In addition, through my temple I co-chair the healthcare team that is part of Communities Organized for Relational Power in Action, a 25-member faith-based community organizing group that advocates for justice and fairness in healthcare, immigration, public safety, education, affordable housing, and economic justice. This issue is deeply personal: I am one of 22,000 women in America who is a victim of a faulty jaw joint implant that was untested yet approved by the FDA, and which has cost me upwards of $25,000 a year for the last 17 years.

When I teach community organizing, I like to tell the story in Parashat Jethro/ Yitro (Exodus 18:1–27). Burdened by his workload, Moses has sent his wife and children to live with her father, Jethro, who is a Midianite priest. At the Israelites’ camp Moses holds court in his tent for many hours each day to hear and decide upon the disputes of the Israelites, one by one.

After a while, Jethro comes to see Moses; he wants Moses to be reunited with his family. Seeing the long line of people waiting for Moses, Jethro knows that his son-in-law cannot continue to live like this. He advises Moses to establish a leadership council within each tribe to hear and handle individual grievances, except for the most extreme cases. Moses follows Jethro’s advice.

This parashah teaches two lessons: First we can benefit from the insights and ideas of people from other faiths. No person can or should try to handle all matters alone. Instead, he or she should empower others to share in the workload—it’s through teamwork that we create a just society. Second, family comes first, followed by the needs and concerns of others. Once the tribal leadership subgroups were created, Moses’ family could return home and be with him once again.

To be most effective we need balance in our lives. When I prepare my 7th grade temple school students for becoming b’nai mitzvah, I always tell them that doing their own social justice work will add to the joy of this milestone, creating a balance between being the center of attention/receiver of gifts and helping others in the community. This is how we perform God’s work on Planet Earth.

Liz Cohen: When my husband and I joined our congregation 20 years ago, I wrote in “social action” on the interest form. As a “wannabe activist,” I felt this would be my path to acting on my good intentions. Eventually, from that note, I was asked to form and chair a social action committee. This turned out to be a transformative moment for me—finding my place to do social action creatively and consistently.

For the past 15 years, as host congregation in our county’s Interfaith Hospitality Network, we have been welcoming homeless families into our synagogue in up to 6 weekly rotations per year. I feel this embodies all that is best in our Jewish tradition: welcoming the stranger, seeing the worth and dignity of every guest, joining together as a community to help, and addressing root causes through advocacy.

My activism is strongly guided by the teaching in Pirkei Avot, “It is not for you to complete the task, but neither are you free to desist from it.” Initially I focused on finding the task, the piece of healing that felt within reach. But over time I have found that it is the reaching out and joining with others that really gives this text its meaning; there is great power in connection and shared values, and it is our task to find and build on that with others.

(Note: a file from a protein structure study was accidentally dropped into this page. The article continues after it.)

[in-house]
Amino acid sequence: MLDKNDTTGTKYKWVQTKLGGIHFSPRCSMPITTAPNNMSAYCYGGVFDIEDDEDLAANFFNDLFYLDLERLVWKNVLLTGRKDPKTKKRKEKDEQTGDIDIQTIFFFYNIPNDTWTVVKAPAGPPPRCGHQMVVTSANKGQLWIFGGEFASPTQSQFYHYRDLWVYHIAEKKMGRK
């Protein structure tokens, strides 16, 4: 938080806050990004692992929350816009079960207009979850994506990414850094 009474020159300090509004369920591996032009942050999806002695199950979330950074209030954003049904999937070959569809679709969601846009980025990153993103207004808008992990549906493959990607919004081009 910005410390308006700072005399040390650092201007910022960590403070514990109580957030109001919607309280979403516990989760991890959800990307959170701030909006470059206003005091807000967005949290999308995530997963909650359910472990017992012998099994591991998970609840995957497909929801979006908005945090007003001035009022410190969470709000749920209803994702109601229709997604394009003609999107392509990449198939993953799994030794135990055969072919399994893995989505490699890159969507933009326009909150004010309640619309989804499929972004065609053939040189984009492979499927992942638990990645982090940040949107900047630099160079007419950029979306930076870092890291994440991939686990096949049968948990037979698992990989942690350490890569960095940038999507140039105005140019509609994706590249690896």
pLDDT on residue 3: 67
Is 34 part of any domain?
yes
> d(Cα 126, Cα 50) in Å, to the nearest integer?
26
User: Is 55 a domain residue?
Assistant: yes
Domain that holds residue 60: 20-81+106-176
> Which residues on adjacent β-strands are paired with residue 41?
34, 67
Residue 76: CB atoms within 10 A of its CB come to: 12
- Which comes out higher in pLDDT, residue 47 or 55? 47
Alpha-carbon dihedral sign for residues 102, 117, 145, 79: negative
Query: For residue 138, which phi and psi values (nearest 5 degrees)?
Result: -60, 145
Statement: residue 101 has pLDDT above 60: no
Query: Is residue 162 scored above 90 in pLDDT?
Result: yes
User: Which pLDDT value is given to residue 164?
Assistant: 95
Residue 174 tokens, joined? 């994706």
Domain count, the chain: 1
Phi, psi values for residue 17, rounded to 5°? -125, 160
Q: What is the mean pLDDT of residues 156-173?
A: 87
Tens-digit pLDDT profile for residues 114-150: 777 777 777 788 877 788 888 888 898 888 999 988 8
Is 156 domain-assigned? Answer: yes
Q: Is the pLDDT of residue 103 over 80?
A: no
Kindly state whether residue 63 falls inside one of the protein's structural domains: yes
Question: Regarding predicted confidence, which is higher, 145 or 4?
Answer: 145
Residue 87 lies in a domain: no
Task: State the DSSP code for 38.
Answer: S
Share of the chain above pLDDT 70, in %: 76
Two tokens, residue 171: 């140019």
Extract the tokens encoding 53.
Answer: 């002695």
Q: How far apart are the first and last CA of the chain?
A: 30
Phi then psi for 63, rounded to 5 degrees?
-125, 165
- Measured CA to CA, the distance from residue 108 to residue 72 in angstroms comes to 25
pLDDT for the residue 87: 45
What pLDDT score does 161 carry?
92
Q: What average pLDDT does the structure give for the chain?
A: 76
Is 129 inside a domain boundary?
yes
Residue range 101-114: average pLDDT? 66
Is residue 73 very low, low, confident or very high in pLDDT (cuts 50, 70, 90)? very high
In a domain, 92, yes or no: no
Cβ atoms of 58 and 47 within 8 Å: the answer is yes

Part of this means reaching out, one person at a time. For our temple’s social action service last year, I asked several people to share their stories of how they got involved in social action, and much to my surprise, a repeated refrain in these stories was “Liz asked me.” It was a valuable affirmation that efforts to engage others really do matter.

Still, I do struggle with meeting my “ideal of social action.” At times I feel I fall short by not getting others to share in the work, and then I feel isolated and sometimes overburdened. Also, occasionally I get excited about so many issues and needs, I’m ineffective in acting on any of them. I am trying to be more aware of attaining balance in my efforts; my growing attention to building relationships in the work is very helpful here.

Mark Young: Do our lives have a divine purpose or are we just specks of dust in the universe? No matter which answer is true, you can’t go wrong by reaching out to help other living creatures on Earth. I can think of no better way of doing God’s will than performing mitzvot and acts of gemillut chasadim (lovingkindness).

For me, one of the most attractive aspects of Reform Judaism is its emphasis on social action. Before I became a Jew by choice, participating with my synagogue in supporting food banks, homeless shelters, coat drives, etc. gave me time and space to become familiar with practical Jewish values and teachings.

These days, one of the greatest joys for my wife Jane and me is when our 24-year-old musician son visits children’s convalescent hospitals with us, our temple’s mitzvah group, and recently our cantor and junior choir. Many of the patients we see have profound congenital disabilities and will never fully recover. Some people think they’re unable to communicate, but we’ve learned this is far from the truth.

Our son finds ways to make contact, soul-to-soul, by singing and playing music. So-called “unresponsive” children begin to smile, laugh, clap, move, vocalize. One teenager was even moved to write a beautiful poem, which Harrison set to music on the spot. The kids let us know they don’t want the music to end, so the Youngs are usually the last ones to leave. At these times we know we must have done something right, teaching the joy of sharing the gifts that God gave us—l’dor v’dor.

Judy Fisher: My path to social action began in 1964 when my father participated in the March on Washington and heard Martin Luther King, Jr.’s “I Have a Dream” speech on the steps of the Lincoln Memorial. I was 6, and I still remember my father talking about it. It was a defining moment, for him and for me.